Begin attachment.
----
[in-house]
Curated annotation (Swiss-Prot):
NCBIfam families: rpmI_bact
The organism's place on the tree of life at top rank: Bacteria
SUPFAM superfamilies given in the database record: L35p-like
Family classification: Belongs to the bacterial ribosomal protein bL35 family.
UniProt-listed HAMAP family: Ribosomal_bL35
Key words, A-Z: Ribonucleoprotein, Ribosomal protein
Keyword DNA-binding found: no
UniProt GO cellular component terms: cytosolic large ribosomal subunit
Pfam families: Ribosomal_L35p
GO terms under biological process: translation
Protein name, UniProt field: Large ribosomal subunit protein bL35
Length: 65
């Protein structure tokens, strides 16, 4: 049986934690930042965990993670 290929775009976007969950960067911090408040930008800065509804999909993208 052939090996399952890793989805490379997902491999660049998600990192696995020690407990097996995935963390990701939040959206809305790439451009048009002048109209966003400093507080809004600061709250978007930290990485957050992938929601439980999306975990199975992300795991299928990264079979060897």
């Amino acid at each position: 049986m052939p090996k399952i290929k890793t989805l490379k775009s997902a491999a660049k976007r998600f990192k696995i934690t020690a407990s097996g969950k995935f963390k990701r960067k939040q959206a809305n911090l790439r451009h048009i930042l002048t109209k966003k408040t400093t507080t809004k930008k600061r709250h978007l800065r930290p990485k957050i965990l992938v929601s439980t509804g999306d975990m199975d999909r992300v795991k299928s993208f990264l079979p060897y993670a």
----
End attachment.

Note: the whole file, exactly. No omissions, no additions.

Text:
[in-house]
Curated annotation (Swiss-Prot):
NCBIfam families: rpmI_bact
The organism's place on the tree of life at top rank: Bacteria
SUPFAM superfamilies given in the database record: L35p-like
Family classification: Belongs to the bacterial ribosomal protein bL35 family.
UniProt-listed HAMAP family: Ribosomal_bL35
Key words, A-Z: Ribonucleoprotein, Ribosomal protein
Keyword DNA-binding found: no
UniProt GO cellular component terms: cytosolic large ribosomal subunit
Pfam families: Ribosomal_L35p
GO terms under biological process: translation
Protein name, UniProt field: Large ribosomal subunit protein bL35
Length: 65
């Protein structure tokens, strides 16, 4: 049986934690930042965990993670 290929775009976007969950960067911090408040930008800065509804999909993208 052939090996399952890793989805490379997902491999660049998600990192696995020690407990097996995935963390990701939040959206809305790439451009048009002048109209966003400093507080809004600061709250978007930290990485957050992938929601439980999306975990199975992300795991299928990264079979060897």
């Amino acid at each position: 049986m052939p090996k399952i290929k890793t989805l490379k775009s997902a491999a660049k976007r998600f990192k696995i934690t020690a407990s097996g969950k995935f963390k990701r960067k939040q959206a809305n911090l790439r451009h048009i930042l002048t109209k966003k408040t400093t507080t809004k930008k600061r709250h978007l800065r930290p990485k957050i965990l992938v929601s439980t509804g999306d975990m199975d999909r992300v795991k299928s993208f990264l079979p060897y993670a």